Glencore has used LiDAR technology to gather comprehensive aerial imagery and topographic information from its Mount Isa Mines and George Fisher Mining operations.
The airborne survey covered the general lease, production areas and tailings dams as well as Lake Moondarra and Rifle Creek.
LiDAR, otherwise known as Light Detection and Ranging, is a remote sensing method that uses light in the form of a pulsed laser to measure ranges and variable distances.
Glencore said the light pulses measured millions of points per square kilometre and, combined with other data recorded by the airborne system, were used to generate highly accurate, three-dimensional maps or ‘point clouds’ of its operations.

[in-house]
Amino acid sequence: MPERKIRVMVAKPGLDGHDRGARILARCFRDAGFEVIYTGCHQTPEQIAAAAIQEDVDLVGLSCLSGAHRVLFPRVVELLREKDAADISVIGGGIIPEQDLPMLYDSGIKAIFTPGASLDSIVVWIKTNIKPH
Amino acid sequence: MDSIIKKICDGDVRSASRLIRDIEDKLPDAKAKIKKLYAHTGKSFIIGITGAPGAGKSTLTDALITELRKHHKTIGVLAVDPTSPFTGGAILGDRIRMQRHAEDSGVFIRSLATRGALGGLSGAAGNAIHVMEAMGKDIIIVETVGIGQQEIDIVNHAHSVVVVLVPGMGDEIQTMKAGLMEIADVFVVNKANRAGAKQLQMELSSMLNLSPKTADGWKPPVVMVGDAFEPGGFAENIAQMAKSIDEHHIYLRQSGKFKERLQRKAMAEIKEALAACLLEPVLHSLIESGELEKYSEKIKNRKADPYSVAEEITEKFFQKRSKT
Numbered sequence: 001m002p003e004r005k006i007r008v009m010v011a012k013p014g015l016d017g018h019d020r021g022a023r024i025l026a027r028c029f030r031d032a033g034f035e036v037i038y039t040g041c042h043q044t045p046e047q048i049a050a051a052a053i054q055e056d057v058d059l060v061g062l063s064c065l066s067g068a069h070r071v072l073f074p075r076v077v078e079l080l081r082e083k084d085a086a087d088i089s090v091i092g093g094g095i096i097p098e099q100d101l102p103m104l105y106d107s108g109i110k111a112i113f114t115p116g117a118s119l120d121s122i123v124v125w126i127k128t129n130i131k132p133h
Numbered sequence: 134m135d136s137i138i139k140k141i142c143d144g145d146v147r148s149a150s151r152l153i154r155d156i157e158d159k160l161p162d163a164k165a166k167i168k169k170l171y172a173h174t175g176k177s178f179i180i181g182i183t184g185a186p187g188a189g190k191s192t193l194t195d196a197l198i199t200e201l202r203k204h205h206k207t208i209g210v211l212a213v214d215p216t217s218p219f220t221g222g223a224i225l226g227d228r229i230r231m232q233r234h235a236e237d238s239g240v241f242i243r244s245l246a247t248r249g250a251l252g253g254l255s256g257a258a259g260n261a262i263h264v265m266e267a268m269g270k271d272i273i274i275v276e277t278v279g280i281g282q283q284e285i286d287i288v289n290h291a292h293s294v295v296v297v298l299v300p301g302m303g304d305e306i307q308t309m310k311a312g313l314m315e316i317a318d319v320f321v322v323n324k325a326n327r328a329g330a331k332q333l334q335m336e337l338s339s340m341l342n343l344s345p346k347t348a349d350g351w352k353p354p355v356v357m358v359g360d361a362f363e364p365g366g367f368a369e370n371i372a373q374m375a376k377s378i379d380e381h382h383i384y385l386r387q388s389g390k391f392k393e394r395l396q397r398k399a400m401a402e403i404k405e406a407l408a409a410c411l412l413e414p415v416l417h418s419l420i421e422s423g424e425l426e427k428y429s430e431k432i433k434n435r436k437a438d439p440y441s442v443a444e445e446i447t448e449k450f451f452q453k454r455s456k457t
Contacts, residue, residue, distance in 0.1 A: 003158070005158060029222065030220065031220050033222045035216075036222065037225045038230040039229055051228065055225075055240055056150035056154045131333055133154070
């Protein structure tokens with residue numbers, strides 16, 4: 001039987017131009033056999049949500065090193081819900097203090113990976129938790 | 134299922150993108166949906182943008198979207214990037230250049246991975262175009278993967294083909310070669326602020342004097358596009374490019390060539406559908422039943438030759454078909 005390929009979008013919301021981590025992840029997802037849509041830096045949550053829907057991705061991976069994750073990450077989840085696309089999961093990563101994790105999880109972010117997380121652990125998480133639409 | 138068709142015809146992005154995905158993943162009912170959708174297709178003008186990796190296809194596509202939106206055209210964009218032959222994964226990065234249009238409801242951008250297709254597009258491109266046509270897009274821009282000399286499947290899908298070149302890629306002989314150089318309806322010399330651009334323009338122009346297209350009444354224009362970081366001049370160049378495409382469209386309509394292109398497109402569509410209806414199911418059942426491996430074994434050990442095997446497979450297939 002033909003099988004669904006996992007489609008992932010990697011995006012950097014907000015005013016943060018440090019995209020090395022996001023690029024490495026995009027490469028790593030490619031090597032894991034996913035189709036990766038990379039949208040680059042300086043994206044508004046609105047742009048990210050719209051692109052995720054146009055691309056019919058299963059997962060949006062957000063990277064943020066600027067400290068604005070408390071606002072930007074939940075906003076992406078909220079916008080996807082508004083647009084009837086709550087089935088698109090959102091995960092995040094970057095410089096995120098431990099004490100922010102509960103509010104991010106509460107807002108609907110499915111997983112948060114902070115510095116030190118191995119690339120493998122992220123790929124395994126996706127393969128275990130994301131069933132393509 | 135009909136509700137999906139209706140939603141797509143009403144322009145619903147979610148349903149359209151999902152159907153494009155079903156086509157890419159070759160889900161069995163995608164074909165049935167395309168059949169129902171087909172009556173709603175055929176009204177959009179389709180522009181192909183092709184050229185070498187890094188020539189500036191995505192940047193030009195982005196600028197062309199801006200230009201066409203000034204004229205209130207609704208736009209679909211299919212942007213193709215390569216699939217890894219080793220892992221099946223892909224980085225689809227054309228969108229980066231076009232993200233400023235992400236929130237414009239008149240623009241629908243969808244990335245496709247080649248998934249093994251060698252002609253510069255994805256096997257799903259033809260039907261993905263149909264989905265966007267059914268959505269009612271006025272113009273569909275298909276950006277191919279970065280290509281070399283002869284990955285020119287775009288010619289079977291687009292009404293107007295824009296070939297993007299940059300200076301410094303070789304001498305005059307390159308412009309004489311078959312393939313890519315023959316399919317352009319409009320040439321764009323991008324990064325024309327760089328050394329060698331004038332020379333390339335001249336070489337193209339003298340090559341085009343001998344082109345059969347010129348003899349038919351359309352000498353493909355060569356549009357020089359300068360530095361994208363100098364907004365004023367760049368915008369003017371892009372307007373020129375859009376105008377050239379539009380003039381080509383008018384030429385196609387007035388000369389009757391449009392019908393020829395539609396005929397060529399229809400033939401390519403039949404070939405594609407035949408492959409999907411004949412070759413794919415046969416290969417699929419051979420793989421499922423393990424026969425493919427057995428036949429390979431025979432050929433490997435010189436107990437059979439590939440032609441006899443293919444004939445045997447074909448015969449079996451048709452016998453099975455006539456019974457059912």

“Mount Isa Mines is a complex industrial site with both zinc/lead and copper mines as well as processing and smelting operations,” HSEC senior environmental engineer Corey Jacobson said.
“Using LiDAR technology allows us to examine both natural and manmade environments with a high level of accuracy and precision.
“Conducting the survey didn’t impact on any of our day-to-day operations and inaccessible and high risk areas were able to be safely monitored and surveyed.”
The three-dimensional information can be used for effective site mapping and measuring of assets including stockpiles and plant equipment, helping plan road corridors and informing where to build new plant and machinery.
It also assists in the environmental monitoring of revegetation and water levels, and the design and management of site drainage and containment systems.
“This innovation has the ability to improve the safety and productivity of our operations,” Mr Jacobson said.